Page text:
Prof. Laszlo T. Koczy: "Fuzzy Systems"


Fuzzy Systems

Short contents of the course

Fuzzy Systems is a field that has a strongly multidisciplinary character. Although the topic may be classified as part of mathematical logic ot set theory, and from another point of view, as part of approximation theory, in fact it was initiated by engineering research, teh basics proposed by L. Zadeh at the U. California Berkeley, and later practically used by E. mamdani at the Queen's College, London. The greatest advantage of fuzzy systems is the fact that application of the field does not need a deep mathematical knowledge or understanding, and it is much more transparent than traditional approaches. Fuzzy control and decision support, as the main application area tackles problems in engineering, medical science, fianancial and management science, and many other areas without teh necessity of doing high level mathematical calculations such as using Laplace and z-transform, etc., and in addition, the non-linear behavior is highly transparent and tunable even by non-expert appliers, while e.g. classic approximation approaches like Lagrange interpolation do not give any insight into the behavior of the approximation functions, and such approaches are very sensitive and mathematically unstable. Fuzzy rule based control and approximation is easy to handle and robust, and can be made mathematically stable even if the problem has a large number of dimensions.

This subject will go through the basics, some oparations, relations, extended fuzzy tools and will show how to handle them. Simple explanatory examples will help understanding even for the students with non CS background, and will illustrate the versatility and wide applicability of the approach.

The plan of 14 double lectures (a total of 28 academic hours).

Part One. Basics of Fuzzy Systems

  1. The idea of fuzzy sets and logic (Zadeh). The Poincarre paradox. Examples for crisp (traditional) and fuzzy sets. How to represent a fuzzy set of a chosen universe. Membership degree and functions.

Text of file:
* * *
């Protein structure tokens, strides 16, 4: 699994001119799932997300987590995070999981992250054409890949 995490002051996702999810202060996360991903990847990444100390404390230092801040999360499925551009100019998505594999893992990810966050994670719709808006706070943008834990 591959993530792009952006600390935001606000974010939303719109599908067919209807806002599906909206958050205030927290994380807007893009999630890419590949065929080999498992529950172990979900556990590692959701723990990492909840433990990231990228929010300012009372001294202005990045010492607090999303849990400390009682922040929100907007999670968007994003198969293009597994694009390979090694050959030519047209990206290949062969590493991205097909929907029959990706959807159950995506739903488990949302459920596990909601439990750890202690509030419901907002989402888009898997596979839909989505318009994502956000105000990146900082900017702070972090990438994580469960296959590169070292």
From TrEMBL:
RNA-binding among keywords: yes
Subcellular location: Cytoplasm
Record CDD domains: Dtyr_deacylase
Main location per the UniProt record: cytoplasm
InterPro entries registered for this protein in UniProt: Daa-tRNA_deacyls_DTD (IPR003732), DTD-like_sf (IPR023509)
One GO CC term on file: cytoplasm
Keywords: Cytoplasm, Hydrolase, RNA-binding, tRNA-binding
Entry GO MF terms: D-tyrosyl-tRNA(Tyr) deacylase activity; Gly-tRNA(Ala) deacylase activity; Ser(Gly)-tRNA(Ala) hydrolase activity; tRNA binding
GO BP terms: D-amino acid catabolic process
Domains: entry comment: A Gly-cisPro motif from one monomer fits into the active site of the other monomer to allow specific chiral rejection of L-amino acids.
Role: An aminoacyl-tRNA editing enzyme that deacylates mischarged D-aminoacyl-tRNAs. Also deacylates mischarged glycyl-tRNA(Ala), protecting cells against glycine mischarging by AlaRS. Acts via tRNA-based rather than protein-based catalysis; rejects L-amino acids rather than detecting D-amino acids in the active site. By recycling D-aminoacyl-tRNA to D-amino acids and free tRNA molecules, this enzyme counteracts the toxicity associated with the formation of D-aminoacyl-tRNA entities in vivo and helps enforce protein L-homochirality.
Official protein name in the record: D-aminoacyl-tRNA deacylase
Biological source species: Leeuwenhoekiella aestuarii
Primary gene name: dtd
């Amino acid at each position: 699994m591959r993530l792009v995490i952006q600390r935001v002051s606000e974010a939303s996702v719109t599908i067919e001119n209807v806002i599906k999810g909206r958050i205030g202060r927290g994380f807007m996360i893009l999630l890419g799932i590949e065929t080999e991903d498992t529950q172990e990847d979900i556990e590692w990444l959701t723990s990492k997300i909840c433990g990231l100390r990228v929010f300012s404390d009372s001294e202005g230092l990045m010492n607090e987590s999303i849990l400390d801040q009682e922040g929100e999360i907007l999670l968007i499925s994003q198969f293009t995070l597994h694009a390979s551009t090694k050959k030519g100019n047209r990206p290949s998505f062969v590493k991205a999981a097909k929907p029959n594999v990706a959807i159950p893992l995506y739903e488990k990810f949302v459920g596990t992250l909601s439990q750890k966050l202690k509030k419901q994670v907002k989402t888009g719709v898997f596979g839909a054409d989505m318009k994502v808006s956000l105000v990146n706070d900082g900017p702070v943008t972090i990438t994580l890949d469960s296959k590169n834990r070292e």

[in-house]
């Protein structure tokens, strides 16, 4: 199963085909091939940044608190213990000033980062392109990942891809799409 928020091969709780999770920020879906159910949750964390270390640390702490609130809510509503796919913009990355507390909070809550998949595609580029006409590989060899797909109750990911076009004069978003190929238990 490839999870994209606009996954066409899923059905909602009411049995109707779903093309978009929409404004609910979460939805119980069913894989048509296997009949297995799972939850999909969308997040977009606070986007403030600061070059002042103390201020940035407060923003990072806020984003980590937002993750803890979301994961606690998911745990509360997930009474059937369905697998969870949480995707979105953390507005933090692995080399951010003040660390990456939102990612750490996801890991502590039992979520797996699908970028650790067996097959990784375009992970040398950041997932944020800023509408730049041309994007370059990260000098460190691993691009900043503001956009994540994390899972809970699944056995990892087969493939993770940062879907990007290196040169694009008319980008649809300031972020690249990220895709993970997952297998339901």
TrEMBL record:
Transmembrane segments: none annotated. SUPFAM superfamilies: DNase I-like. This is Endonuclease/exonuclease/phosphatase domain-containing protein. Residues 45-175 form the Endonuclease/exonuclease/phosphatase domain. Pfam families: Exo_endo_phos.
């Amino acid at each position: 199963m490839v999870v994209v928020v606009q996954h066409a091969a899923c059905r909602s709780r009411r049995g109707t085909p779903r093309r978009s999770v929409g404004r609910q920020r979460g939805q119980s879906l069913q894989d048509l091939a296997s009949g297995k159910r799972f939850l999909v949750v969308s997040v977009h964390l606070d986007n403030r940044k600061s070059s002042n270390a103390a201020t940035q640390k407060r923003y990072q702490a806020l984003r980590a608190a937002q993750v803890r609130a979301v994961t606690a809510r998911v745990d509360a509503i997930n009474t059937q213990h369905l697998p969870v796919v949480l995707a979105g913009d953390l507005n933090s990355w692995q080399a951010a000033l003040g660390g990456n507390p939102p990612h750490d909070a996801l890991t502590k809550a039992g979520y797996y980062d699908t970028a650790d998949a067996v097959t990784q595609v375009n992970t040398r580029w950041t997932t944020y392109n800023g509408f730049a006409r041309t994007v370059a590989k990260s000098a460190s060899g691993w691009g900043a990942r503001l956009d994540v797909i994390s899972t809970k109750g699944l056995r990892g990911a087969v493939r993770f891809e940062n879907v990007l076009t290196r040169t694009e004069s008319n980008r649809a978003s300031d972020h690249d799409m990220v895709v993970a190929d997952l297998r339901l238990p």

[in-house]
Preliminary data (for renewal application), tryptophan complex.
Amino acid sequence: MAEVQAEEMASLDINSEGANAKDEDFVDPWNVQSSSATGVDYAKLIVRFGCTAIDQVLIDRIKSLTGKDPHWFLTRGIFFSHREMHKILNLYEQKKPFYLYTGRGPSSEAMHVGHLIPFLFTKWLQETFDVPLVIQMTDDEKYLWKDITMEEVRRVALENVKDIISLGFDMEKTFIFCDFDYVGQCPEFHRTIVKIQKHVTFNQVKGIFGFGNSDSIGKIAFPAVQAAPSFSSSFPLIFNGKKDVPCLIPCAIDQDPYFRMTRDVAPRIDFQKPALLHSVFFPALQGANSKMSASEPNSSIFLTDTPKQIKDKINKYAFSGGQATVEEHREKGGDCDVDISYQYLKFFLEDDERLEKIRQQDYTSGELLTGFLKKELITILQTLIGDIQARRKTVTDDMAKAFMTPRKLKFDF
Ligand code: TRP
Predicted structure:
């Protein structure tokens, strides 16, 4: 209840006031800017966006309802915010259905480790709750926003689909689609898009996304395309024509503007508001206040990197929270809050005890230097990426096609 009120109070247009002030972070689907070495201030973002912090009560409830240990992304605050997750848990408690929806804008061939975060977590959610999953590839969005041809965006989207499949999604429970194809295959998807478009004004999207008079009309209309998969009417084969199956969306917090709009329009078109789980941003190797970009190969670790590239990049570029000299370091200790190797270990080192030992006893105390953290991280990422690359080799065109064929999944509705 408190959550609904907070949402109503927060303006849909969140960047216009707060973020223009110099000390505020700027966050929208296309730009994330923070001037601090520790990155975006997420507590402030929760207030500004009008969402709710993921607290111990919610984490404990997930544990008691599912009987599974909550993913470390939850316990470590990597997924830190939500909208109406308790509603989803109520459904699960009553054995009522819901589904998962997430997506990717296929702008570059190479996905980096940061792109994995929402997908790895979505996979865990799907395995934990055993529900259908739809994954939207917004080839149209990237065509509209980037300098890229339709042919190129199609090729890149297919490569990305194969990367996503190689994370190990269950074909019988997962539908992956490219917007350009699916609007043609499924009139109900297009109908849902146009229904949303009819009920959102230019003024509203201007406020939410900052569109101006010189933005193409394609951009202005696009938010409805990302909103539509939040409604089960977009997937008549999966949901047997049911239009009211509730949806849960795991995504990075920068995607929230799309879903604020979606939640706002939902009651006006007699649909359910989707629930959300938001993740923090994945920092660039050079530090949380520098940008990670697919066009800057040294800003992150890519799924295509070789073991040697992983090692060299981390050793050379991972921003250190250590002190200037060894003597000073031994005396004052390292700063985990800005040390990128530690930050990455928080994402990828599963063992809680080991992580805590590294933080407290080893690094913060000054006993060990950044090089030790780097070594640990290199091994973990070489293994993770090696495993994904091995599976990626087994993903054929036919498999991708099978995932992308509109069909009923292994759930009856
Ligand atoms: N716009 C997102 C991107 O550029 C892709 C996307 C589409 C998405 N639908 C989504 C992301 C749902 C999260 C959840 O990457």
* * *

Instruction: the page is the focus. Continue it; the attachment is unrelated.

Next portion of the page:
2. The extension of basic operations to fuzzy sets. Fuzzy complement/negation. Fuzzy union/disjunction and intersection/conjunction. Examples for operations. Axiomatic skeleton, mathematical framework.
  3. Fuzzy aggregations. T-norms, co-norms, averaging aggregations. Examples for individual operations and parametric families (Sugeno, Yager, etc.). How can these operations be used? Hints to applications.
  4. The idea of mathematical relations. Basic classes of relations. Examples (distances of cities, similarities of languages, etc.) Binary relations, examples
  5. Fuzzy relations, operations on relations. Cylindric extension, orthogonal projection, composition and joint of relations. Hints to applications.
  6. Rule based systems: Symbolic (AI) rule bases and subsymbolic approaches (CI). Mamdani's first real application, the Larsen model.
  7. Fuzzy control and reasoning with fuzzy rule bases. Defuzzification methods. Simple examples.

Advanced Fuzzy Systems

  1. Extensions of fuzzy sets. L-fuzzy sets by Goguen. Vector valued fuzzy sets. Simple applications. The idea of fuzzy signatures.
  2. Operations on fuzzy signatures. Horizontal and vertical operations. Examples for the operations and for some simple applications (diagnostics, etc.)
  3. A detailed example of using fuzzy signatures for evaluating the condition of residential and other buildings. (Based on a pool of expert evaluations of hisrtorical Budapest residential houses.)
  4. Fuzzy communication. Compression of the information with help of common background knowledge and a common codebook. The Japanese example (communication between humans, the tea and coffee story, Terano)
  5. Communication and collaboration of intelligent mobile robots. The tables/boxes arrangement example. Description of static and dynamic situations with fuzzy signatures. Fuzzy situational maps.
  6. Fuzzy Cognitive Maps. Modeling management systems by FCM. Waste management systems, genearl company management examples (Hungarian and Lithuanian companies compared).
  7. An approach to extend and to reduce components in the FCM. Example: the classic waste management system extended and then gradual reductions leading to new models.

Depending on the background knowledge of the students the above thematics can be further compressed and other areas like fuzzy rule interpolation and sparse systems, hierarchical fuzzy rule bases, and interpolation in hierarchical rule bases, etc., may be included int eh lectures, or may be given as individual projects to iterested and motivated students.

Pan profesor Laszlo T. Koczy jest jednym ze światowych liderów badań w zakresie logiki rozmytej, działu inteligencji obliczeniowej (sztucznej inteligencji). W latach 2001-03 był prezydentem International Fuzzy Systems Association, wiodącej światowej organizacji w tym zakresie. Prof. Koczy jest autorem 542 publikacji, cytowanych (według Google Scholar) 4515 razy, indeks Hirscha wynosi 34. Był visiting professorem Deakin University (Geelong), Australian National University (Canberra), Auckland University of Technology, Helsinki University, Murdoch University (Perth), University of New South Wales (Sydney), J. Kepler Universität Linz, University of Trento, Tokyo Institute of Technology, Pohang Institute of Science and Technology, Dalian Maritime University.